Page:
My husband works for an international company and his boss is offering a two year overseas assignment starting either this year 2011 and going to 2013 or starting in 2012 and going to 2014.
    Now the dilemma……

    I have a 16 year old son with asperger’s who is doing well in school and has a girlfriend he really likes (but we know how fickle teenagers can be, so that may change at any time), and a group of about 3 friends whom he sees in school but not out of school. I think he would get into a regular international school and do fine academically (he does not have any accomadations at this point) but will struggle with the fitting in and making friends part. His school here already said they would count it as an exchange program so he could graduate here if he wanted to – part of this issue is his US school is not an IB program and international schools usually are but that requires two years and he only has one year left.

    I have a daughter who is about to start her first year of highschool. She is not on the spectrum at all and in fact does very well socially and is very adventurous and excited about moving overseas.

    If we move now we take my son away from his hard won group of friends. If we move a year from now it means my daughter potentially has her academics messed up as she will do one year here, two abroad, and her senior year back in the US.
    On top of this I have the bug to travel and see the world but I recognize I have to put the kids first.

    Any advise?

    victoria

    June 15, 2011 at 3:12 pm

    • Hi Victoria,

      We’ll see if anyone else can offer advice on this one. Obviously I’m not familiar with teenagers, and I’d hate to counsel yo one way or the other. All kids on the spectrum are different, and differ in the way they’d handle this kind of lifestyle.

      It is also different because I don’t know what kind of educational/therapeutic supports you would have in place. I’d probably start by looking into those in the place you’d be moving to.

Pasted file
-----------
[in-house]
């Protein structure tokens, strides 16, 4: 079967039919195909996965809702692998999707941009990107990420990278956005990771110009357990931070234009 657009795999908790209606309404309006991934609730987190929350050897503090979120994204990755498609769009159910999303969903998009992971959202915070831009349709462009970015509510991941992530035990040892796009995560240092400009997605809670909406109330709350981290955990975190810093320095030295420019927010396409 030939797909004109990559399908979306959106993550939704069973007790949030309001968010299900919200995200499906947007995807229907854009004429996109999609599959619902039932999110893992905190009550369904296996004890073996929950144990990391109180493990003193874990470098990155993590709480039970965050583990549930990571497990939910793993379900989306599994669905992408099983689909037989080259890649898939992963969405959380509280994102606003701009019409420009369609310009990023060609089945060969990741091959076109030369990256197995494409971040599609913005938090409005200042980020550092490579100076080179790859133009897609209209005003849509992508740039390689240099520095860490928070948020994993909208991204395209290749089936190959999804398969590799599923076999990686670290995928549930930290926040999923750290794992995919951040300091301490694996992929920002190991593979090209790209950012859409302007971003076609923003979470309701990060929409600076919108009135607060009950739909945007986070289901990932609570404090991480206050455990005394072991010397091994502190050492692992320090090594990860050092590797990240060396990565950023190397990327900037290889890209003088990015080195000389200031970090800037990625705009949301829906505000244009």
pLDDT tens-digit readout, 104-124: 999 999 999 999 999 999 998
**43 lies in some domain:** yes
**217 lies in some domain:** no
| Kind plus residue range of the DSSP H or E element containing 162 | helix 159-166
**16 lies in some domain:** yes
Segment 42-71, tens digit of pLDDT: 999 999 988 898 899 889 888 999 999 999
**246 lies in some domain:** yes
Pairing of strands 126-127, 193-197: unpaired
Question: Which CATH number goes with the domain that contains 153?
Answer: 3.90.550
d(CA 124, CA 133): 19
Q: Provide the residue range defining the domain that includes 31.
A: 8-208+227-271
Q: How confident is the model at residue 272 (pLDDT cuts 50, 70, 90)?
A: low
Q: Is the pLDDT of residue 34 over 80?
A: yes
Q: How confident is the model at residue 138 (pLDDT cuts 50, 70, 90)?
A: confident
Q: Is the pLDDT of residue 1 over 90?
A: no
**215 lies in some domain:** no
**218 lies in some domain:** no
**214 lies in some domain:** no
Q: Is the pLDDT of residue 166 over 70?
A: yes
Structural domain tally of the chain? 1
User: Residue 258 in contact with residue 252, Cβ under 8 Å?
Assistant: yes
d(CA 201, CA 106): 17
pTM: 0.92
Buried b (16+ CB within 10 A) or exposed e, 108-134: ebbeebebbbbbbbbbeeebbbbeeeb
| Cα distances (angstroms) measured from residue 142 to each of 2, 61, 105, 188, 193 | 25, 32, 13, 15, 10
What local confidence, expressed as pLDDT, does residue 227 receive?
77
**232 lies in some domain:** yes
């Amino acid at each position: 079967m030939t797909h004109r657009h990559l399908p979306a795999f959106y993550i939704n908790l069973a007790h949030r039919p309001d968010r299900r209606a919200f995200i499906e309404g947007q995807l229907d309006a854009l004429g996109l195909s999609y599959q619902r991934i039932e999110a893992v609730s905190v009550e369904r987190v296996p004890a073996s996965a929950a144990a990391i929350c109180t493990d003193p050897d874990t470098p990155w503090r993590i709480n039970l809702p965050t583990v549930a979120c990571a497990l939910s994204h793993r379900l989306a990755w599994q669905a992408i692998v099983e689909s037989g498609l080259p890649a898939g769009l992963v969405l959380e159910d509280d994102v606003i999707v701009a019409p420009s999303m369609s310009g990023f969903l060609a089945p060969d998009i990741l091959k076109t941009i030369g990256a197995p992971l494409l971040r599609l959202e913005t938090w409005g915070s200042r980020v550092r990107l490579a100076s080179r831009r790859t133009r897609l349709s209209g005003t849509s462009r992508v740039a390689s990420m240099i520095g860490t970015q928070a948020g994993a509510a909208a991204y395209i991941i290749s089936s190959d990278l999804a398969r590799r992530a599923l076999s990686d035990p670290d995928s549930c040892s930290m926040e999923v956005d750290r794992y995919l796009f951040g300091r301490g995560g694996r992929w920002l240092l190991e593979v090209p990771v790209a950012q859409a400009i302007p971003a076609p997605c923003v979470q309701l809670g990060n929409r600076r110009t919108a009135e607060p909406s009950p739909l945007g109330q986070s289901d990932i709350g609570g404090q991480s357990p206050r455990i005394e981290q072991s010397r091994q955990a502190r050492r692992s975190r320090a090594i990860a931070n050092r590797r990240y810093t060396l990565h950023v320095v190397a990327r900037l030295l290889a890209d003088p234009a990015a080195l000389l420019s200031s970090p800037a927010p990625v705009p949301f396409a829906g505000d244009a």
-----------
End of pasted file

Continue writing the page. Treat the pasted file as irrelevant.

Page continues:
It sounds like this isn’t a mandatory move, so if you don’t feel it is the right time for your family, you can decline. There is also the possibility of boarding schools, which have worked really well as an option for some special needs kids as they got older. It isn’t an easy clear cut decision- much depends on your child and how you think they could handle it.

      Best of luck with the decision!

      Spectrummy Mummy

      June 16, 2011 at 5:37 am

  4. Hello, I really wish I knew what Victoria and her family decided! I’m the proud mom of a 14 yr old son with Asp. Our family is considering a move overseas as well and I would really appreciate the opportunity to chat with other families who’ve done this.

    I realize she posted nearly a year ago but maybe someone else can chime in.

    L-

    Lainie

    March 13, 2012 at 6:16 am

  5. L- The internet works in wonderful (and mysterious, to me) ways! and I was notified of your post. We did decide to move and are now living in Shanghai, China with two of my children, including my Aspie son. My oldest is in University in the US. I would be happy to chat. Drop by my blog at Ni Hao Shanghai and you can see a little about my kids. For more info or specific questions send me an email at tvglgw@yahoo.com. Good luck with your decision. As spectrummymummy says it is all so individual, but doing the research ahead of time can make a huge difference.
    T

    tvglgw

    March 13, 2012 at 12:24 pm

  6. [...] Yon, Lisa, Fi, Leigh Merryday, Alicia, A. K. Butler, Floortime Lite Mama, Mama Fog, Solodialogue, Spectummy Mummy, Elise Ronan, Mommy Lebron, Heather McCracken, Trish, Sharon da Vanport, and I could go on and on, [...]

  7. Hi!

    I work for InterNations.org, maybe you have already heard of us? If not, we are the largest social network catering to expats working, and living abroad. Our 770 000+ members interact with each other in a secure online & offline environment about their individual and shared experience abroad.

    Your blog is fantastic! Your insight on living in South Africa from your unique mom expatriate point of view would make a wonderful fit in our Recommended Expat blog South Africa section for our members to read.

    If you are interested in having your blog featured on our website, please let me know.

    I hope to hear from you soon, and have a great day!

    Marta

    Marta Rubio

    February 13, 2013 at 12:52 pm